Fry Scholarship Bill Passes First Hurdle

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Washington Report

A bill that would extend eligibility for the Fry Scholarship to spouses and children of fallen Guardsmen and Reservists has passed the House as part of a larger legislative package.

Rep. Mike Levin, D-Calif., and Rep. Gus Bilirakis, R-Fla., introduced the Fry Scholarship Improvement Act of 2019 (H.R. 2221) earlier this year. The bill would extend scholarship eligibility to those whose loved ones died of service-connected causes that take place outside of active duty.

Currently, the family of Guardsmen are eligible for the scholarship only if their service member dies while on active-duty, regardless of whether or not the death is otherwise service-connected.

If the legislation becomes law, it is expected to benefit approximately 1,500 Guard and Reserve surviving spouses and children by giving them access to education benefits currently available to survivors of active duty service members.

H.R. 2221 was originally stand-alone legislation, but it passed the House as part of a larger package introduced by Bilirakis, the Ryan Kules Specially Adaptive Housing Improvement Act of 2019 (H.R. 3504). A companion bill was introduced in the Senate by Sen. James Lankford, R-Okla., and Sen. Tom Carper, D-Del.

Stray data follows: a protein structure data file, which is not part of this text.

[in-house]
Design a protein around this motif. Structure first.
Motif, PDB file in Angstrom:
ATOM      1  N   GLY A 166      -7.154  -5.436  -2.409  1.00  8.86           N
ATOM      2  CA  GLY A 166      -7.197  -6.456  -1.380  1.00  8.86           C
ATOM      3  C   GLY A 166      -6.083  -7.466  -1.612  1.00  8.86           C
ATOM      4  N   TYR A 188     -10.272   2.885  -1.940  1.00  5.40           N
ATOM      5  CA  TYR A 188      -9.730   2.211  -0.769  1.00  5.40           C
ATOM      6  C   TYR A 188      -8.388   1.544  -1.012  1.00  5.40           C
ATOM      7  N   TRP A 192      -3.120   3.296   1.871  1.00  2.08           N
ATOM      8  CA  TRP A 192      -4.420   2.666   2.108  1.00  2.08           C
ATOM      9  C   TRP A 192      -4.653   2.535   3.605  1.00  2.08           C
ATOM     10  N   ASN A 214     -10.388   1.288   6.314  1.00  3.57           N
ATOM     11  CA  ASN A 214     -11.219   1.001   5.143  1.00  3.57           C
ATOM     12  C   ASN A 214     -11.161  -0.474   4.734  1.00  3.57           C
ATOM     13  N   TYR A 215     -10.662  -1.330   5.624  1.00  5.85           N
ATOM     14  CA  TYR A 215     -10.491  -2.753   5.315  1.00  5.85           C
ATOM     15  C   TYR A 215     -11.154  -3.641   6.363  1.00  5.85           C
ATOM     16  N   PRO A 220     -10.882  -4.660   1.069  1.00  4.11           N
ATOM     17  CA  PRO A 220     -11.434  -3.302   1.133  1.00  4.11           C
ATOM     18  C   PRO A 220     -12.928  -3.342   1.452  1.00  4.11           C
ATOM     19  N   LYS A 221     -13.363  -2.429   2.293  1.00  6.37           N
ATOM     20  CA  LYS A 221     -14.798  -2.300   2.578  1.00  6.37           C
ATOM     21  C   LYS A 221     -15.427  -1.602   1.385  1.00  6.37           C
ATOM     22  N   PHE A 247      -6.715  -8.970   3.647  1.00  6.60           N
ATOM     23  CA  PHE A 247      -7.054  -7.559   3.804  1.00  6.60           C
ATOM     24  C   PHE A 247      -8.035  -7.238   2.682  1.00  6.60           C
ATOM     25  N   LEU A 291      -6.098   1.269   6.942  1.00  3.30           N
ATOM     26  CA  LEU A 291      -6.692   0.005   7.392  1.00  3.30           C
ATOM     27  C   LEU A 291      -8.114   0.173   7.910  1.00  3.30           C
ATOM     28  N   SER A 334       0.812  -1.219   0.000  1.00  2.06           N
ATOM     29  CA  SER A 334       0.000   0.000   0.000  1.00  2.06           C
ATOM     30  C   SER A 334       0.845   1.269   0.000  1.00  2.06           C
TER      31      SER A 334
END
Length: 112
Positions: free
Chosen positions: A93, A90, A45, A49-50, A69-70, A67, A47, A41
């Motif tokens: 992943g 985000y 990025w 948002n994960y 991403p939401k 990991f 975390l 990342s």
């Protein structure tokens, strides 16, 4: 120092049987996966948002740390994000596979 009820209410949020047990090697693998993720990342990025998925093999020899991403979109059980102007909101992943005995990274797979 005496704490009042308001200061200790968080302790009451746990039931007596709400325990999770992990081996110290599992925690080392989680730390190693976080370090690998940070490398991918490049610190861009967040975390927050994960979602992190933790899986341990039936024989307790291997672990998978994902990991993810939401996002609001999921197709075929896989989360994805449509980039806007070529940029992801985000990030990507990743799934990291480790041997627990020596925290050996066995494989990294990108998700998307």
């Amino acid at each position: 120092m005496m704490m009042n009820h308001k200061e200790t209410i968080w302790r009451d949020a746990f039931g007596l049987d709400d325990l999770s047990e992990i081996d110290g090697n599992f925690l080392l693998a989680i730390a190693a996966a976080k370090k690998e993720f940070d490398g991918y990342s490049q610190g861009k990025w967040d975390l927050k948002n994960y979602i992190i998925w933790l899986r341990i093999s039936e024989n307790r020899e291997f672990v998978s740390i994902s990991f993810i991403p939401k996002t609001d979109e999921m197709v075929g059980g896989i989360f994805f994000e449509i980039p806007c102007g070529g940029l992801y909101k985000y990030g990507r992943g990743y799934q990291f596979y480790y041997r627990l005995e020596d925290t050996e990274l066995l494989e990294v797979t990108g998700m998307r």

Named for Marine Gunnery Sgt. John David Fry, the Fry Scholarship provides Post-9/11 GI Bill benefits to surviving family members of fallen troops.

If the latest legislation becomes law, the family of Guardsmen and Reservists whose deaths are deemed service-connected by the Department of Veterans Affairs, but who died while not on active-duty, would be eligible for the benefit so long as the death occurred within four years of a service member’s last discharge.

Officials said the change is meant to correct a discrepancy created by the original requirements and close a loophole that prevented family members from receiving education benefits.

“We must do everything in our power to support the families of fallen service members,” Bilirakis said. “These brave men and women have paid the ultimate price in defense of our nation, and this is the least we can do to honor their sacrifice.”

Levin added that Congress must do everything it can to support the families of service members who have died while serving their country. He called expanding eligibility for the scholarship “a commonsense step we can take to help fulfill that responsibility.”

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